That would be initial filing fee. The final cost is dependent on time taken, number of records required, number of people involved and copying fees, etc. They should give you an estimate of the final cost before proceeding with it, but I'd be surprised if it's under $100.






Halsy
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by: Halsy on
Wed Mar 18, 2015 11:22 am

Say you introduce the motion and the judge rejects it? Can you ask for an adjournment at that time for an appeal to have another judge rule on the motion as a point of law?


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by: iFly55 on
Wed Mar 18, 2015 11:47 am

You should keep all your questions to one thread: http://www.ontariohighwaytrafficact.com/topic2871.html

Once your 11b fails, you will be arraigned and go straight to trial if you plead not-guilty; you'll have to appeal after the trial is over. At which point things will get very expensive with transcripts because it will include your motion + trial.

You should be prepared for trial.

You can also provide us a timeline of your case, and we could help tell you whether you're a good candidate for an 11b stay.
Halsy wrote:an adjournment? When I asked the judge she said it has to be at least 3 days prior to the court date. That seems like awful short notice but she is the judge. Does anyone know different for a fact?
Why are you requesting an adjournment?


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by: Radar Identified on
Wed Mar 18, 2015 5:00 pm

Halsy: I merged this in to one topic so we can find everything related to your discussion in one place. Easier to keep track of things that way.
* The above is NOT legal advice. By acting on anything I have said, you assume responsibility for any outcome and consequences. *
http://www.OntarioTicket.com OR http://www.OHTA.ca


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by: hwybear on
Mon Mar 23, 2015 11:05 am

Halsy wrote:There was a lot of traffic on the highway that day. He could have easily confused another car for mine.
It is very easy to view vehicles speeding, picture an assembly line and all of a sudden a box on that assembly line just easily moves past the other boxes. It is easy to watch the one vehicle and communicate to ground units to stop the correct vehicle. Even if the target vehicle suddenly brakes and crosses lanes, can see the movement easily from above.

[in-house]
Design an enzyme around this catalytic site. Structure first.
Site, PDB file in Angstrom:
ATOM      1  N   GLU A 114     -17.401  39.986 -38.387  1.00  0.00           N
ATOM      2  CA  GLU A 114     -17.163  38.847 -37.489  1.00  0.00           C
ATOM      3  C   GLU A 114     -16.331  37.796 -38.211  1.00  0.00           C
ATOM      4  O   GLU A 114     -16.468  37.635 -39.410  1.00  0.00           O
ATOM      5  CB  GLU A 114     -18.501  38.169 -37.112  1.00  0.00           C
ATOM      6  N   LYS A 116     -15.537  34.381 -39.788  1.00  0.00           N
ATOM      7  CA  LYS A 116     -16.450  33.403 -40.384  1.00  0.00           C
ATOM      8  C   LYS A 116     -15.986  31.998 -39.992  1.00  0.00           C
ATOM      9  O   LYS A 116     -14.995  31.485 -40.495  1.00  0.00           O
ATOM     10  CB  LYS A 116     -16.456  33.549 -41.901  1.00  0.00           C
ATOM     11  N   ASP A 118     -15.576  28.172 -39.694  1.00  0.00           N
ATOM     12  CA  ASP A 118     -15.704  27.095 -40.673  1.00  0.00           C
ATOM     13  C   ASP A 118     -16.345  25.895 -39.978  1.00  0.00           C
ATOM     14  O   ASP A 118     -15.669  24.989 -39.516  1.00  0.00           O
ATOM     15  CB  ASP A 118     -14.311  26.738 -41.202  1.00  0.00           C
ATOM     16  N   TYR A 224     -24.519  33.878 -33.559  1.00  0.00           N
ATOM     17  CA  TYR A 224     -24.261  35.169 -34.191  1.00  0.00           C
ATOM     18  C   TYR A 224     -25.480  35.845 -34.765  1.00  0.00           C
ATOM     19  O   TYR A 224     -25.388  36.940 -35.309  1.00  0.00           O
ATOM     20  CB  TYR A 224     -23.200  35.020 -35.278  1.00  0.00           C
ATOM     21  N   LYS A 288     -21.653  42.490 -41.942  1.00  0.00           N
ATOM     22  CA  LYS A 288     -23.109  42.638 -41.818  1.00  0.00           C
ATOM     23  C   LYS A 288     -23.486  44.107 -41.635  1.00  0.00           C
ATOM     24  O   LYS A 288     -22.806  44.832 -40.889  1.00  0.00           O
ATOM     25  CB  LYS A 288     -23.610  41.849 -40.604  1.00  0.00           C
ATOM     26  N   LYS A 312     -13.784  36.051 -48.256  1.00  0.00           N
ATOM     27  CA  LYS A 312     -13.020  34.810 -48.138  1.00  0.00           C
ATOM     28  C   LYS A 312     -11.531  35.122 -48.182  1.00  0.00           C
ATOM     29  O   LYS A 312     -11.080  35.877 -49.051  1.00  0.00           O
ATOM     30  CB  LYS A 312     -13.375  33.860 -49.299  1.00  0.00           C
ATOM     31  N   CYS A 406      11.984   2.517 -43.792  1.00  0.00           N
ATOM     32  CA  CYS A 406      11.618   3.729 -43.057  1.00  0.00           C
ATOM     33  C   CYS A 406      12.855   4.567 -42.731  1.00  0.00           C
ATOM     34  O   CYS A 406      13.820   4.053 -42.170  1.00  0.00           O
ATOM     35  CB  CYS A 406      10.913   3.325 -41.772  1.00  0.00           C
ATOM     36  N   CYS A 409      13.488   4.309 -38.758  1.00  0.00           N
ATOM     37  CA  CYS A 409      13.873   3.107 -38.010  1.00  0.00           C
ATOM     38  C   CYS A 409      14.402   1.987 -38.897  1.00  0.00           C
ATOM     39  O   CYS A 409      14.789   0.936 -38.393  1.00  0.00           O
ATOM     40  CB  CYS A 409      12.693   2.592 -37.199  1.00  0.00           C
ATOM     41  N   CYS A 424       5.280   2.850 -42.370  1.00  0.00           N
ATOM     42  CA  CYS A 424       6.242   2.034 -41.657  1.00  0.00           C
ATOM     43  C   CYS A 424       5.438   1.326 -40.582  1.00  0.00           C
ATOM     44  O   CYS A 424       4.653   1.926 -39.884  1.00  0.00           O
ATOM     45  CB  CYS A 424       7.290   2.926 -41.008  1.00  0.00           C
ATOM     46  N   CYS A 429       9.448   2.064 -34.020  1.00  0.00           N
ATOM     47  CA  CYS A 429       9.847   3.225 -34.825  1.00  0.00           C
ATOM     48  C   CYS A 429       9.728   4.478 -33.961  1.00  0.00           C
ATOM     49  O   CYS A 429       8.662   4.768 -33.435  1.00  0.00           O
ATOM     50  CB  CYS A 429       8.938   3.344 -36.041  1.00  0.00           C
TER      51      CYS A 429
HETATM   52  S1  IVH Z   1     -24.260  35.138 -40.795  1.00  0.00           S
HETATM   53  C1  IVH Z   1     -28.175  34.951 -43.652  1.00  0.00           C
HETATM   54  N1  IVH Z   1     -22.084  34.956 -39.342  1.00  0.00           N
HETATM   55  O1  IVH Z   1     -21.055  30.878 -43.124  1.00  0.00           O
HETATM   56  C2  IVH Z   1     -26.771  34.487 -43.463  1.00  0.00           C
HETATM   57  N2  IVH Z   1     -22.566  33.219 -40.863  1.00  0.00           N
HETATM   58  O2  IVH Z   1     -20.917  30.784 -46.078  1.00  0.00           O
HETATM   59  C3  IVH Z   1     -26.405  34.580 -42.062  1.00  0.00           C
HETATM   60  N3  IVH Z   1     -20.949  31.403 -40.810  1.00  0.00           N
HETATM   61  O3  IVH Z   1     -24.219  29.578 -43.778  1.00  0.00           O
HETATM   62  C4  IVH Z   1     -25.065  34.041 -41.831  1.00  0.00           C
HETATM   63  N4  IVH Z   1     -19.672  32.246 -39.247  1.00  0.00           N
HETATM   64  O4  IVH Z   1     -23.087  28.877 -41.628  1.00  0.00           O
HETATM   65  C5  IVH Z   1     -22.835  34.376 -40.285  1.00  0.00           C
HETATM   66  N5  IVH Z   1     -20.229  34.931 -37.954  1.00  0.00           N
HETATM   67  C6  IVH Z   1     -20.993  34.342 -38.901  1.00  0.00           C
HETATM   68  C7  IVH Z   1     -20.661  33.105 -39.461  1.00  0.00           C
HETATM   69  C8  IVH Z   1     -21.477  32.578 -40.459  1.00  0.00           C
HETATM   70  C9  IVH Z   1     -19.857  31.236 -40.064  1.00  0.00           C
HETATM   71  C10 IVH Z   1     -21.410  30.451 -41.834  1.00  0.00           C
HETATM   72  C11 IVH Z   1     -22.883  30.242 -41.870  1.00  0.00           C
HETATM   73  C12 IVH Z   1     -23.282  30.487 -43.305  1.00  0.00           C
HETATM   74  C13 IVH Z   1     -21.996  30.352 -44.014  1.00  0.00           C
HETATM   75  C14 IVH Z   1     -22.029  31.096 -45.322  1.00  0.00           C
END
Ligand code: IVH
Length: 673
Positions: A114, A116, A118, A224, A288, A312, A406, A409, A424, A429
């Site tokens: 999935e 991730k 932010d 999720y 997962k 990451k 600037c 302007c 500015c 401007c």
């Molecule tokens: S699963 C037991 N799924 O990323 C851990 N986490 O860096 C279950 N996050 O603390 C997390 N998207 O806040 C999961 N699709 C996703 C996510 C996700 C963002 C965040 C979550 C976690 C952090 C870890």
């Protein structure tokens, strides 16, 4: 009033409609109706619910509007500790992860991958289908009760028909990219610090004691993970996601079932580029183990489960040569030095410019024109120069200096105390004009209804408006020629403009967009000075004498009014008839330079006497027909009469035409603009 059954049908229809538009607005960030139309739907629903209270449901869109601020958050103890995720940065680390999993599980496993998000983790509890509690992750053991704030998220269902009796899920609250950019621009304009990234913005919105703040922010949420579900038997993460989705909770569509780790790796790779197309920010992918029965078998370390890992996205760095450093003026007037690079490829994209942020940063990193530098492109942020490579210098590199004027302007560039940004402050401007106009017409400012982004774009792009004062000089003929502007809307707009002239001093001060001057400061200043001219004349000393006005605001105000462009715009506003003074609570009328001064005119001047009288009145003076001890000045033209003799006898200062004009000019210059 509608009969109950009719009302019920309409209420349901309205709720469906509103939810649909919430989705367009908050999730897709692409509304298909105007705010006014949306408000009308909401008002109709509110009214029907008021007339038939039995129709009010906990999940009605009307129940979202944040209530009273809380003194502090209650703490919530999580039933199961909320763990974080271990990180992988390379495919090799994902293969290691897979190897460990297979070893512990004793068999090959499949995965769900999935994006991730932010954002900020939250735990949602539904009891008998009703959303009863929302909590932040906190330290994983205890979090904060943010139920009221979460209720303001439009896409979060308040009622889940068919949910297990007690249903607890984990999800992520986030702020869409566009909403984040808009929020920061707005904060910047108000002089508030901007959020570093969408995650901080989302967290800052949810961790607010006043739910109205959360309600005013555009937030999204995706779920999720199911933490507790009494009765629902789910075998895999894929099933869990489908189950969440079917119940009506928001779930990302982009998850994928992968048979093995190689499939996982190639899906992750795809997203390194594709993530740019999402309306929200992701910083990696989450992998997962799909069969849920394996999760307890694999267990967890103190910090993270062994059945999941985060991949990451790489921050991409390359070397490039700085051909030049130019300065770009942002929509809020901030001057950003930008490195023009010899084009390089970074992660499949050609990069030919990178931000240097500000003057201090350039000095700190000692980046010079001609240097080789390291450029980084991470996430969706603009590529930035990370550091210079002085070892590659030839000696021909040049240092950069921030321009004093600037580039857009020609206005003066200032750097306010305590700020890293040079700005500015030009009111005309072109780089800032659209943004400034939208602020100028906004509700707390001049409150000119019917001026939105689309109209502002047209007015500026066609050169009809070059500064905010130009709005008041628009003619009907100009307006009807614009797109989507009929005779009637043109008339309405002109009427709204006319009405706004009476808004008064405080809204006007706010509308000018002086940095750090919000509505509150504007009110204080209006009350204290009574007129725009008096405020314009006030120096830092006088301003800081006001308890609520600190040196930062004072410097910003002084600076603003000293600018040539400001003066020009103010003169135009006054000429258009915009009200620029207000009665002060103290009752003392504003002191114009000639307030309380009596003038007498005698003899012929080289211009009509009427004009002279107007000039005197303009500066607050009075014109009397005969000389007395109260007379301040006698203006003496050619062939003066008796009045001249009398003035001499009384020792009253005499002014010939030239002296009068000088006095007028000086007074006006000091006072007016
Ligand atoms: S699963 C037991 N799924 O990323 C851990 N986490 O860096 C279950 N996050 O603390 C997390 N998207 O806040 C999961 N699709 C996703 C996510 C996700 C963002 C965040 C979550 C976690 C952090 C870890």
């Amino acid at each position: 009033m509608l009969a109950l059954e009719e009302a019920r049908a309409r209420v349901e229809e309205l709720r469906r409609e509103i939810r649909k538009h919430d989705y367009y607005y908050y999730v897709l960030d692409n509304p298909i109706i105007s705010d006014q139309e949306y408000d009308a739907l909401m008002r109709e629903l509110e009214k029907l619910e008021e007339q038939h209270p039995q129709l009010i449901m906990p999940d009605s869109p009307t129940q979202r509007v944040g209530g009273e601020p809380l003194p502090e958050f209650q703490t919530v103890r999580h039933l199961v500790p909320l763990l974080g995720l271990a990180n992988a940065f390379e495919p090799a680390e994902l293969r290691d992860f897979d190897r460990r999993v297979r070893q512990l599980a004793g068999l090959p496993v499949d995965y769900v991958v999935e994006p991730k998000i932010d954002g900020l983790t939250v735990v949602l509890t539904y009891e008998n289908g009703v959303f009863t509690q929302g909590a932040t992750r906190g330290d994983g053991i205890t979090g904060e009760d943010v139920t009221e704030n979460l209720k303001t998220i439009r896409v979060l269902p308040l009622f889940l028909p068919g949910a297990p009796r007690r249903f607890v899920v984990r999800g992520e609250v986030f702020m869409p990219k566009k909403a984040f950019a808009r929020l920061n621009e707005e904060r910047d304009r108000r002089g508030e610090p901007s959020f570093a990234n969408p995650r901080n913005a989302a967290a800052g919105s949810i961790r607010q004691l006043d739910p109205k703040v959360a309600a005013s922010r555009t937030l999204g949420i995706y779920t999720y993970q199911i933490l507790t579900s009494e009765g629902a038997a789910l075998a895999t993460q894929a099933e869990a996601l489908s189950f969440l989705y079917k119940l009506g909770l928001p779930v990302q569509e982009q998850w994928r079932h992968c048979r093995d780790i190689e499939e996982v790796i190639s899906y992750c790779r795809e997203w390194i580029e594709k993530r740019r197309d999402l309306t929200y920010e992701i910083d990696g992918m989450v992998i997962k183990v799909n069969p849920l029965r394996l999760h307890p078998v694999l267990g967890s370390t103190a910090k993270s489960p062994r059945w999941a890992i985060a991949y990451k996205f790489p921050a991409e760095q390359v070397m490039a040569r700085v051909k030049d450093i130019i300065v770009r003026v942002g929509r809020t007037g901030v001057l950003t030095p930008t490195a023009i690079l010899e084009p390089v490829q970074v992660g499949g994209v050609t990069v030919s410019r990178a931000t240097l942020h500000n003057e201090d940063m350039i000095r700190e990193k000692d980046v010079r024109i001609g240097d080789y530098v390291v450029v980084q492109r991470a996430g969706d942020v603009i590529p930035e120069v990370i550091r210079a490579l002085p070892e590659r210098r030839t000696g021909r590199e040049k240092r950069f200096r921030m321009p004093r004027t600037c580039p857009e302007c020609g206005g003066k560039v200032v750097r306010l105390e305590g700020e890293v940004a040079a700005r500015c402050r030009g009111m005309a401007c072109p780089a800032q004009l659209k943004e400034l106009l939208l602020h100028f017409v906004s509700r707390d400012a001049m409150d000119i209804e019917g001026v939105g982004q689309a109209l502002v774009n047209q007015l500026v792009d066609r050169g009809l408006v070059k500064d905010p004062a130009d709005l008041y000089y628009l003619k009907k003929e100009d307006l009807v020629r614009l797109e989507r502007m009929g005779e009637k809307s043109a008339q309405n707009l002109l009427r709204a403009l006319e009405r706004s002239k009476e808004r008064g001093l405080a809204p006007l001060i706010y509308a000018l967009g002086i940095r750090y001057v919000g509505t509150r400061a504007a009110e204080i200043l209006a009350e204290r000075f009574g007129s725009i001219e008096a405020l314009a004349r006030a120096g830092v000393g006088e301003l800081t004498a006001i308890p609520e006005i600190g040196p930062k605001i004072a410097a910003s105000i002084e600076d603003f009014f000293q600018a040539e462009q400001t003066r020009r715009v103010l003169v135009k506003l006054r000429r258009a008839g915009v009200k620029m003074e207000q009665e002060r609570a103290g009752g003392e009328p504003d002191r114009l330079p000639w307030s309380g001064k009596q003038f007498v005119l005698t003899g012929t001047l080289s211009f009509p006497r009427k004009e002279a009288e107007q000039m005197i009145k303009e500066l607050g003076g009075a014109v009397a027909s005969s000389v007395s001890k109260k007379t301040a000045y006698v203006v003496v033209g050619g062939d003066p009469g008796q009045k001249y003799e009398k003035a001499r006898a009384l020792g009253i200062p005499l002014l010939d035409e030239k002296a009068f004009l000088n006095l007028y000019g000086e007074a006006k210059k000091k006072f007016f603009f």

Above is merely a suggestion/thought and in no way constitutes legal advice or views of my employer. www.OHTA.ca


Halsy
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by: Halsy on
Tue Mar 24, 2015 11:37 am

It was 6 months for the ticket to come to trial. Now seeing the Andrande case where the court ruled that 8-10 months was reasonable for Toronto then it follows it should be considerably less for a smaller venue. Northumbland County is about 1/100th the size of Toronto so a trial date should be that much faster - like 8-10 days from filing if you factor it. This is why I need the traffic info from that day because when I asked the cops their contention was that there was zero traffic on the road - Wednesday afternoon, no traffic on the 401? Yeah. Sure. - when there was actually a lot of traffic on the road. So the length of delay has already shown its effects here.

It's also easy to make mistakes too. Sitting in a cramped cockpit, buffeted by turbulence, sun in your eyes, etc. In his notes he confuses the colour of the car and loses sight of it under a bridge. And reflex time can be off anywhere from .5 seconds to a full 1.5 seconds off - funny thing was a cop had argued that point on another case while I was waiting my turn and the judge accepted it, so now I can use it. It's also a flawed system in that the perception of angular velocity if faster than that of actual linear velocity. Constancy of vision is a defect we all share. It's why were rely on tools for measuring and not just guesstimating. And lastly the stopwatch hadn't been calibrated in several weeks. So there's that.

I never claimed I wasn't speeding, simply that I wasn't going that fast and I can't see how they can reasonably prove it. Oh yeah, and the other cop who was supposed to have witnessed this was sitting on the other side of the hill. So unless he has Xray vision I don't see how he could have seen anything. Even their notes conflict on that point, where the cop in the plane says he guided the cruiser in behind me, and the cop in the cruiser said he flagged me over from beside him - which is what happened.

This is a great site for this sort of information.

http://www.nolo.com/legal-encyclopedia/ ... er6-1.html